• (2) The resilient rings disclosed are not necessarily optimal for inclusion in rotating/sliding joints and the ring materials may disintegrate due to this rotation/sliding combined with the effects of environmental contaminants and conditions such as engine fuels, hydraulic fluids, high or low ambient temperatures, temperature increases of the assembly due to the dissipation of vibrational energy in the assembly or structures to which it is secured, and other similar factors. The pieces of these rings can then jam the mechanism. This wear on the seals can be aggravated by distortions of the seals due to air pressure changes within the anti-decoupling mechanism due to volumetric and temperature changes as the mechanism couples and decouples and when the mated connectors are in service.
  • (3) Inherent in the mechanism is a vulnerability to a reduction in the coupling and decoupling torques by contamination that gets between the two facing plates of intermeshing detent teeth or damage to the detent teeth themselves. If one detent tooth is prevented from fully engaging this will separate the two plates and reduce the degree of engagement of a multiplicity of detent teeth on either side of the blocked tooth.

The present invention, on the other hand, offers various improvements to the decoupling mechanism described in U.S. Pat. No. 5,199,894 including but not limited to: lower complexity, three especially configured seals, and a contamination tolerant, self cleaning detent tooth/flexible detent tooth engaging members configuration. There are numerous other anti-decoupling mechanisms in use such as that disclosed in U.S. Pat. No. 6,123,563 but since there is always a growing multiplicity of complex and severe service applications for assemblies such as mated circular electrical connectors such as space born applications such new applications perhaps stimulating previously unknown failure modes there is always a corresponding need for the kinds of improvements disclosed herein.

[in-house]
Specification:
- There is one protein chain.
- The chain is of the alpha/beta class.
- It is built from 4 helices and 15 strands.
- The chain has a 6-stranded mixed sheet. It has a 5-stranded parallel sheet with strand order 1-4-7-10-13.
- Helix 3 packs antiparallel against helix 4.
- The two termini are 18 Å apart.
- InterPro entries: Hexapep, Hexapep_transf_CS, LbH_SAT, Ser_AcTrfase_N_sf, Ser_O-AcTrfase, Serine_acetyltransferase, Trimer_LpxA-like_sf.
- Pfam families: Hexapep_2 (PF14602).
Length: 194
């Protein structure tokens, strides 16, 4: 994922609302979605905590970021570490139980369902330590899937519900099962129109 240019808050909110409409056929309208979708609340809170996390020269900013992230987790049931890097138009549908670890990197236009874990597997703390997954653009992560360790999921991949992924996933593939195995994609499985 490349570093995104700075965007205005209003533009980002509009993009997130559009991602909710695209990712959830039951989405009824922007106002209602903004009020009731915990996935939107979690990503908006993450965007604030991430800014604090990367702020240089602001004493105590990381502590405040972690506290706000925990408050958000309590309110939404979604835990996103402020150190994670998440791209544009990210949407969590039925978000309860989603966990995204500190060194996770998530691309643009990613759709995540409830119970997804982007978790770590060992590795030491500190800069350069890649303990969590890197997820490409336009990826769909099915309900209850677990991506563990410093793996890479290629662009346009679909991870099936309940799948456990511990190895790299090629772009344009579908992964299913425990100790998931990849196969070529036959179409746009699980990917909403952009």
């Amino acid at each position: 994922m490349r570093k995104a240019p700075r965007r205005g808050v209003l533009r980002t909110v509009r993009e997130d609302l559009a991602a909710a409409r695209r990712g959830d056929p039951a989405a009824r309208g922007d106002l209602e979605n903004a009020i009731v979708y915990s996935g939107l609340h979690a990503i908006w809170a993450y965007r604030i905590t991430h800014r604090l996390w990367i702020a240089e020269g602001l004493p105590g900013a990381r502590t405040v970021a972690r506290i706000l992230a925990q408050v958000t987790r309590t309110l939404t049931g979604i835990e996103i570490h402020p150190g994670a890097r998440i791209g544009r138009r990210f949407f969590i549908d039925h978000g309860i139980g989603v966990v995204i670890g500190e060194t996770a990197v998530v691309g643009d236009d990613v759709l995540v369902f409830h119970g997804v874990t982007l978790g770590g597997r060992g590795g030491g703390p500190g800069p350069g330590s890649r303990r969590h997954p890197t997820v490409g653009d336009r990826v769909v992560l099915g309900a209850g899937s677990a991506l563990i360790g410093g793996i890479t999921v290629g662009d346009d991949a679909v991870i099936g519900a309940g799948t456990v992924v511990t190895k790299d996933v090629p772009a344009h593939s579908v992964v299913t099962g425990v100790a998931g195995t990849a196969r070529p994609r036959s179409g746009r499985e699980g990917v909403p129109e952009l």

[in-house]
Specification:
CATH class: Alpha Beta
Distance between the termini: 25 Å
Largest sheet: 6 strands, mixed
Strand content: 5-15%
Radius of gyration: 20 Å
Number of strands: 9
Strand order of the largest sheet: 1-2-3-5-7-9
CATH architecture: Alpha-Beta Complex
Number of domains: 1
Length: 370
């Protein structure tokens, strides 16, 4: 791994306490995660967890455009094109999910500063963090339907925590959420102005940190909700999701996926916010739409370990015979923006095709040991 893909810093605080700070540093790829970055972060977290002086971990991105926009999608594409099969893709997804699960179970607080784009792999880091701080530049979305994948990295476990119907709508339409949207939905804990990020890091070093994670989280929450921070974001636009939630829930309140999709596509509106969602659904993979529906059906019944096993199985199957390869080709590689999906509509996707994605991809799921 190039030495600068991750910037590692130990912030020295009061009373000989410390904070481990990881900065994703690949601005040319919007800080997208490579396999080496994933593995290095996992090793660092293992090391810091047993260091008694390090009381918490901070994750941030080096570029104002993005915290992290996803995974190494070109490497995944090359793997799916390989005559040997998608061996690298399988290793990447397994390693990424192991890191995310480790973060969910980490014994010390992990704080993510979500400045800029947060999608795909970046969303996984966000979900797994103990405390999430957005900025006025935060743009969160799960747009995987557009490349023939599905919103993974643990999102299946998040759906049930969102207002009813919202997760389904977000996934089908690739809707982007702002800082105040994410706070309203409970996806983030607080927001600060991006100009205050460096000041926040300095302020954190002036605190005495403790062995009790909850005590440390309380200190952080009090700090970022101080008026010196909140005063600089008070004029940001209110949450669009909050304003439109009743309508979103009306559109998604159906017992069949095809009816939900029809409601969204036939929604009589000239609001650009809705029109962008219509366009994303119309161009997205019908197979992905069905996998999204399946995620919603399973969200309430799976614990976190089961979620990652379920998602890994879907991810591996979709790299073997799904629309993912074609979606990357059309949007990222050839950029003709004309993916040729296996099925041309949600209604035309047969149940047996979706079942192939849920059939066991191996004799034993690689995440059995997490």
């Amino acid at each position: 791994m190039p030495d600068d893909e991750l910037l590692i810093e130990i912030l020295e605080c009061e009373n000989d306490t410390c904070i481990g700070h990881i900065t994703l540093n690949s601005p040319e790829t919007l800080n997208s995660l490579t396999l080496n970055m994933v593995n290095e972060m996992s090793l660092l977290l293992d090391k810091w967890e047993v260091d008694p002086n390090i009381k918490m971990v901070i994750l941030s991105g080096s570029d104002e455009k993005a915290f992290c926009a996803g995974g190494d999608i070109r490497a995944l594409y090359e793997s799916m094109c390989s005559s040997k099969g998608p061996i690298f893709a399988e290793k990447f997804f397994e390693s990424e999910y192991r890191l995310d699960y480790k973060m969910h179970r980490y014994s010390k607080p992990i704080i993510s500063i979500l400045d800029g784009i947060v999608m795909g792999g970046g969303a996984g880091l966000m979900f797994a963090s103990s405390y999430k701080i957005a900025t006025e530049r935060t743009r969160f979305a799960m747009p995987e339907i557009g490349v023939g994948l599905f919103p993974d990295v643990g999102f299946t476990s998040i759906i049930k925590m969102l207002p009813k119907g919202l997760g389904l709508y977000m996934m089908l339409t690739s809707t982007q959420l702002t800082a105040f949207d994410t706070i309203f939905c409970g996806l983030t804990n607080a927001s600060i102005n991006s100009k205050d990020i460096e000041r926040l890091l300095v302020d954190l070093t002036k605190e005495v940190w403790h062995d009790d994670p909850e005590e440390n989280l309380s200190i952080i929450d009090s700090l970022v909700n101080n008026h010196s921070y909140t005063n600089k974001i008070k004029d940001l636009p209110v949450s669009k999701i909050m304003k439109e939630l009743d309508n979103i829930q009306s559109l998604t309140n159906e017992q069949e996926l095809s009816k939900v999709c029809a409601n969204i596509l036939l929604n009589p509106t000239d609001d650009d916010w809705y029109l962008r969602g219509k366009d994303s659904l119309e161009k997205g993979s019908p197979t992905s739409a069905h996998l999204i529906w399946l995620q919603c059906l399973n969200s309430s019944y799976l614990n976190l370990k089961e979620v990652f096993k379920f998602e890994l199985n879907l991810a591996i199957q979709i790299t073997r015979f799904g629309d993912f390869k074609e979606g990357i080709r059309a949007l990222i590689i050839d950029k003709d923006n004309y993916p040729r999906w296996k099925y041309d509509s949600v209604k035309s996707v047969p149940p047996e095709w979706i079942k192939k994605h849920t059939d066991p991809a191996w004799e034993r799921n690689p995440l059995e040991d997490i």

SUMMARY OF THE INVENTION

Accordingly it is a first objective of the present invention to provide a low coupling torque, high decoupling torque anti-decoupling mechanism that utilizes a small number of parts and a small number of different parts.

It is a second objective of the present invention to provide such an anti-decoupling mechanism in which the coupling and decoupling torques can be adjusted easily in a repeatable and reliable fashion with minimal manufacturing effort and component interchange.

It is a third objective of the present invention to provide an anti-decoupling mechanism which can be easily assembled, and for which the parts of the assembly are generally simple to manufacture.

It is a fourth objective of the present invention to reduce the angle of rotation of the coupling nut that takes place between high decoupling torque positions in such an anti-decoupling mechanism to less than one primary detent tooth pitch of the primary teeth by configuring and positioning additional engaging components such as additional sets of detent teeth in a way that minimizes negative effects on available locked torque and also minimizes wear of the mechanism and increases the use of the flexible detent tooth engaging members.